Profile for Chadders > Reviews

Personal Profile

Content by Chadders
Top Reviewer Ranking: 695,663
Helpful Votes: 5

Learn more about Your Profile.

Reviews Written by
Chadders

Show:  
Page: 1
pixel
All in a Day's Cricket: An Anthology of Outstanding Cricket Writing
All in a Day's Cricket: An Anthology of Outstanding Cricket Writing
by Brian Levison
Edition: Hardcover
Price: £13.60

5.0 out of 5 stars The best cricket anthology I've read, 8 Jun 2014
...and I've read a few!

This is the kind of book that I have usually bought or been given as a gift since I was so high. But, three decades since my fascination with the sport and its literature began, this anthology is, by a stretch, the best collection of cricket writing I have read. Levison's range is born of a wide, wide knowledge and an ear for a finely tuned sentence. There is not a duff piece in here, and, to his great credit, it steers away from the humdrum, platitudinous "oh, my dear old thing, isn't it marvellous" rubbish that often uses up space in these collections.

I got this for Xmas, and have deliberately played a longish innings with it. There are pieces that the avid reader of the game will have come across before, but that is to be expected; Levison's skill is in managing to pick some of the best passages from already familiar books and allow you to enjoy them again. That said, there will be some really interesting new pieces for everyone. When I finished the other day, it was with some regret; I am sure Levison has the breadth for another volume.

Highly recommended for the cricket and cricket literature enthusiast.


Blood Meridian
Blood Meridian
by Cormac McCarthy
Edition: Paperback
Price: £6.29

5.0 out of 5 stars The Western as Apocalypse, 26 Jan 2013
Verified Purchase(What is this?)
This review is from: Blood Meridian (Paperback)
Beyond its superb, coagulate gore and its unflinching and hellish depiction of amorality, the triumph of this novel is McCarthy's prose. It has a Biblical intensity that forces you to read this not just as an awesome anti-Western, but as some kind of treatise on our degeneration into oblivion. Sam Peckinpah said that he wanted his films to make the audience feel what it's like to get shot. Blood Meridian does this too; but then there's the scalping as well...


The A303: Highway to the Sun
The A303: Highway to the Sun
by Tom Fort
Edition: Hardcover

2 of 2 people found the following review helpful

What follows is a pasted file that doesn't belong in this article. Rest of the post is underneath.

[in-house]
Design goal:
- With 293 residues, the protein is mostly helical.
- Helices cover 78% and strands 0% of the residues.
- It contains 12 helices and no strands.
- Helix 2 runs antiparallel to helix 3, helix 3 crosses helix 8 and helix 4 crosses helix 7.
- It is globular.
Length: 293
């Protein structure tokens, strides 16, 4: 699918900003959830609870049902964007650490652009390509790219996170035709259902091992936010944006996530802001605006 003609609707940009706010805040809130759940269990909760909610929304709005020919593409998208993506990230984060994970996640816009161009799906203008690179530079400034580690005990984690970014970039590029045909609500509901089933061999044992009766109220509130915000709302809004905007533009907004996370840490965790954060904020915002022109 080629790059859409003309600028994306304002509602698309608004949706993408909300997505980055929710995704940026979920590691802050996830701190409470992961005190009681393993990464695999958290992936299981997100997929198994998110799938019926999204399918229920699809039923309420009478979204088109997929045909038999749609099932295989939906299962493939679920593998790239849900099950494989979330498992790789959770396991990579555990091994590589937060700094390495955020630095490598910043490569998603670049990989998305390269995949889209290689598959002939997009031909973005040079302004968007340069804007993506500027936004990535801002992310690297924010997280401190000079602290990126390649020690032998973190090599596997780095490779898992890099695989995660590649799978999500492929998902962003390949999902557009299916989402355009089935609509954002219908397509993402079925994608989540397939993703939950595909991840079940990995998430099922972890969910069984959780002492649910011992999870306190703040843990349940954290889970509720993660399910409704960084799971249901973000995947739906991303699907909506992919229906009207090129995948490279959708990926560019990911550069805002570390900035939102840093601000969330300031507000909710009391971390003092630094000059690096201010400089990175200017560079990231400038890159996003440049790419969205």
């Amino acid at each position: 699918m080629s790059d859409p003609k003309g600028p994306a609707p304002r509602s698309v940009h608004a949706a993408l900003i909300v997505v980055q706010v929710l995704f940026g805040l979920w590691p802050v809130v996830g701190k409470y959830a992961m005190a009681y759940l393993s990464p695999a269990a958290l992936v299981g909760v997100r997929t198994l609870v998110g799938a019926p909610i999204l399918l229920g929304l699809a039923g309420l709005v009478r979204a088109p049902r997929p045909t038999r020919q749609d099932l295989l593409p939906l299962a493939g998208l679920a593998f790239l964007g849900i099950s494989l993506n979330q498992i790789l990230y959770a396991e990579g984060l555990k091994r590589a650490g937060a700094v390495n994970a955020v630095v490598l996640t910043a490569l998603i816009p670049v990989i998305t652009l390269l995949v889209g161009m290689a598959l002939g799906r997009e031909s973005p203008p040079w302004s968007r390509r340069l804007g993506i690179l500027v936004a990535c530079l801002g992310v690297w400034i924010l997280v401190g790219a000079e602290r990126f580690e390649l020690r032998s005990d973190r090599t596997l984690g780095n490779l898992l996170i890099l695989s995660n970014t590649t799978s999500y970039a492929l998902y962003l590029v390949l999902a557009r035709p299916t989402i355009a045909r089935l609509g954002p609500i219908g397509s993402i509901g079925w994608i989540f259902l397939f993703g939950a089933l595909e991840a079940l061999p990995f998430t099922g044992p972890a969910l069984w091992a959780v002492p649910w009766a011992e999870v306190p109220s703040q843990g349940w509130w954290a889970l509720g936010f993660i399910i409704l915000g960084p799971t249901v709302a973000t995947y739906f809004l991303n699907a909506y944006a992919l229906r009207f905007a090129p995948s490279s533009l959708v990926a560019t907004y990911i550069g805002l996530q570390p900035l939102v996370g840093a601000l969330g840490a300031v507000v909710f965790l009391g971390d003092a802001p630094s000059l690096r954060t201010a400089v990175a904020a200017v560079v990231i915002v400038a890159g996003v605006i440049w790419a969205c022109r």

4.0 out of 5 stars Sceptical and whimsical, 26 Jan 2013
Verified Purchase(What is this?)
I've lost count of the times I have driven the Stourhead-Honiton section of this road, as well as a fair few trips eastwards along it. You see the place names, you stop at a few, but you wonder what hides just beyond the majority of this beautiful and frustrating route. I was reminded of a John Shuttleworth song about Blatherwike (sp?) when I read his book, and vow now to detour to more of these hidden-away villages and forgotten monuments, rather than just plough on because the kids are getting tetchy.

Fort combines whimsy and obscurity well, and his mostly romantic view is tempered by an assured and timely dose of scepticism every now and then. He doesn't take himself too seriously, but despite the conscious self-effacement, he does deliver an at times beautifully written book, and makes lovely what is, after all, asphalt and concrete.


The Black Flash: The Albert Johanneson Story
The Black Flash: The Albert Johanneson Story
by Paul Harrison
Edition: Hardcover
Price: £6.40

3 of 4 people found the following review helpful
2.0 out of 5 stars Poorly edited, 15 Jan 2013
Verified Purchase(What is this?)
This book, on the surface, looks beautifully produced, with its classy, understated front cover suitably reverential for Harrison's ultimately tragic subject. And yes, there are some interesting insights concerning Johanneson's initiation into the early 60s Leeds team: for example, one is left seeing Don Revie as a man seemingly without compassion or empathy. One regrets, however, that there seems to have been little in the way of editing considered. Tens of grammatical errors have jinked by the writer, proof reader or publisher like so many Johanneson runs down the left wing. There are mis-placed punctuation marks of all kinds (scattergun commas apparently randomly inserted in places, speech marks around reported rather than direct speech), and comma splices abound. There's no kind of craft to the writing, and the narrator's voice is cumbersome and clunky to read in places; Johanneson's testimony is considerably more articulate, but its transcription is still beset by the aforementioned errors. These things matter; if you shell out for a book of this sort, you do not expect D grade GCSE errors to be strewn across its pages. In fact, the errors and the style of the prose end up detracting from the sympathetic hearing that Harrison is desperate to give his subject, and that Johanesson clearly deserves. The Black Flash is a great subject for a book; his elegance on the pitch needs reflecting in how that book's produced.


Page: 1